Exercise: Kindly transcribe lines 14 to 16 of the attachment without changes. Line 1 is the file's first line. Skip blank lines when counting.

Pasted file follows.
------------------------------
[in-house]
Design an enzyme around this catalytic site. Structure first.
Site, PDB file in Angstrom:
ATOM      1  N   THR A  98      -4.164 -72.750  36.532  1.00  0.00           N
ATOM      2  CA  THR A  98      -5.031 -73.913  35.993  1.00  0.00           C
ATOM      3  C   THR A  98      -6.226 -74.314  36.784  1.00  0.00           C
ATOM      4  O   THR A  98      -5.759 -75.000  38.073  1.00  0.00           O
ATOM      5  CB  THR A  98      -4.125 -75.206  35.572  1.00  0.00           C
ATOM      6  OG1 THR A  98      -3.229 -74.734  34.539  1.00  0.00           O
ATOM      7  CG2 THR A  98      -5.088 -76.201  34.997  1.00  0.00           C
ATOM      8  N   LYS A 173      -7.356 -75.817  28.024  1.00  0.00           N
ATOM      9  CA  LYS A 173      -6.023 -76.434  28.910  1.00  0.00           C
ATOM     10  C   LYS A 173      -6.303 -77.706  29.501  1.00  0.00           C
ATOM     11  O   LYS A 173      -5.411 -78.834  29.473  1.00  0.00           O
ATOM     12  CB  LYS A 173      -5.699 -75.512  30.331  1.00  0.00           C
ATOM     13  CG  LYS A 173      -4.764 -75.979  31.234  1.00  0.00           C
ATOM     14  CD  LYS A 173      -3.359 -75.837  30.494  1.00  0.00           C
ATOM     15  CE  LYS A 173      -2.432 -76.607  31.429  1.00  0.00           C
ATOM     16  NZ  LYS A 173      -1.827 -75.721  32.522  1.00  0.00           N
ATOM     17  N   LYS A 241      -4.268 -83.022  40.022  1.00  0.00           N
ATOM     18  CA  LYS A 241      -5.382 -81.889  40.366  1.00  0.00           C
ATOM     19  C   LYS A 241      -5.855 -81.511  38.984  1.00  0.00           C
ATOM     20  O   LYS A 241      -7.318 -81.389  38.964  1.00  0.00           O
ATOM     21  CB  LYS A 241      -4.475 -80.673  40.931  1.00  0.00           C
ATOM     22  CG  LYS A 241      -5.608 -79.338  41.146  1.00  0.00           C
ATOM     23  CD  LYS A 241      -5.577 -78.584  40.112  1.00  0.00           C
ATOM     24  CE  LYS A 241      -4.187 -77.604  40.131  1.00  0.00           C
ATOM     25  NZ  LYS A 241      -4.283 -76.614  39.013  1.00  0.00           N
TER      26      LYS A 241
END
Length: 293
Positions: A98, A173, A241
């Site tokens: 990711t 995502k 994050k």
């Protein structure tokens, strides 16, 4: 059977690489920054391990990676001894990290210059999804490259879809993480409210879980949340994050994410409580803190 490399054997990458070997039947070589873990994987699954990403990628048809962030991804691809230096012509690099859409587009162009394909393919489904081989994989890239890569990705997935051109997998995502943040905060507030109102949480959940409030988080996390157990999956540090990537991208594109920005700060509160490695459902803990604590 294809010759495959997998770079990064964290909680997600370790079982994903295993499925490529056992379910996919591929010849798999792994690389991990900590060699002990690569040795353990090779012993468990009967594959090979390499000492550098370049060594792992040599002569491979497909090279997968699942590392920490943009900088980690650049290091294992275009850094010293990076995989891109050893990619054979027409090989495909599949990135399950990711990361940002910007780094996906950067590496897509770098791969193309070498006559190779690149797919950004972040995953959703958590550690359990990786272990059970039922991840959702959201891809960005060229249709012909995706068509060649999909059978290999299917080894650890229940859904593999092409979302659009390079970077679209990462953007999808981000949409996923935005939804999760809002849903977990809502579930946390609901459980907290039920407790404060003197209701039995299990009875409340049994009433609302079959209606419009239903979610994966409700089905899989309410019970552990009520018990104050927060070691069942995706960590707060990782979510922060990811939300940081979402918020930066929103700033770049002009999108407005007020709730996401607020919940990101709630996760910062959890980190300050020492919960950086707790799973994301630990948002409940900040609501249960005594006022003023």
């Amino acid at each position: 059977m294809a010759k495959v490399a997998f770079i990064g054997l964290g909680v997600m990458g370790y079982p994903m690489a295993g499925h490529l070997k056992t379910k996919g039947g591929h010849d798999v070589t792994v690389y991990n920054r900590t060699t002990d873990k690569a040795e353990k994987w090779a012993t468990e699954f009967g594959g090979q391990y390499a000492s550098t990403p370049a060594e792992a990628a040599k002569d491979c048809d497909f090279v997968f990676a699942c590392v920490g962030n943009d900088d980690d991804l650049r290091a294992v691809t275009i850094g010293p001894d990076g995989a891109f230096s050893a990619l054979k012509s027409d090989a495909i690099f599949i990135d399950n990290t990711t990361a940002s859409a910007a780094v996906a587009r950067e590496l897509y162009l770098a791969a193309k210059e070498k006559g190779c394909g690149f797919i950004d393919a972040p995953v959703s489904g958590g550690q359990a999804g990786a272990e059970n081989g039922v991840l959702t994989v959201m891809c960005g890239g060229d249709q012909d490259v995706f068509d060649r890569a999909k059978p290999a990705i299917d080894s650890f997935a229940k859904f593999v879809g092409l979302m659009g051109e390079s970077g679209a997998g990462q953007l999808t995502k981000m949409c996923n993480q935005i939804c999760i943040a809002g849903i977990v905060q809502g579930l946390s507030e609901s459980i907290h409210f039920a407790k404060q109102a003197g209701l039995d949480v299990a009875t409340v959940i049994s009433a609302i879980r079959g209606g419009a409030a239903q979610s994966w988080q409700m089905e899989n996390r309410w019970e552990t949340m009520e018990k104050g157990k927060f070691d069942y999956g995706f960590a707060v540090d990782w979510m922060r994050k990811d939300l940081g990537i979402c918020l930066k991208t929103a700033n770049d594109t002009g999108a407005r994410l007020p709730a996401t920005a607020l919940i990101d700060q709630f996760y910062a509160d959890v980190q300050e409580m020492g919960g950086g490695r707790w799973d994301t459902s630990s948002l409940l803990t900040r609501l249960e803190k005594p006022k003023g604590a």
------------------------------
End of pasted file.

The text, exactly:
ATOM     11  O   LYS A 173      -5.411 -78.834  29.473  1.00  0.00           O
ATOM     12  CB  LYS A 173      -5.699 -75.512  30.331  1.00  0.00           C
ATOM     13  CG  LYS A 173      -4.764 -75.979  31.234  1.00  0.00           C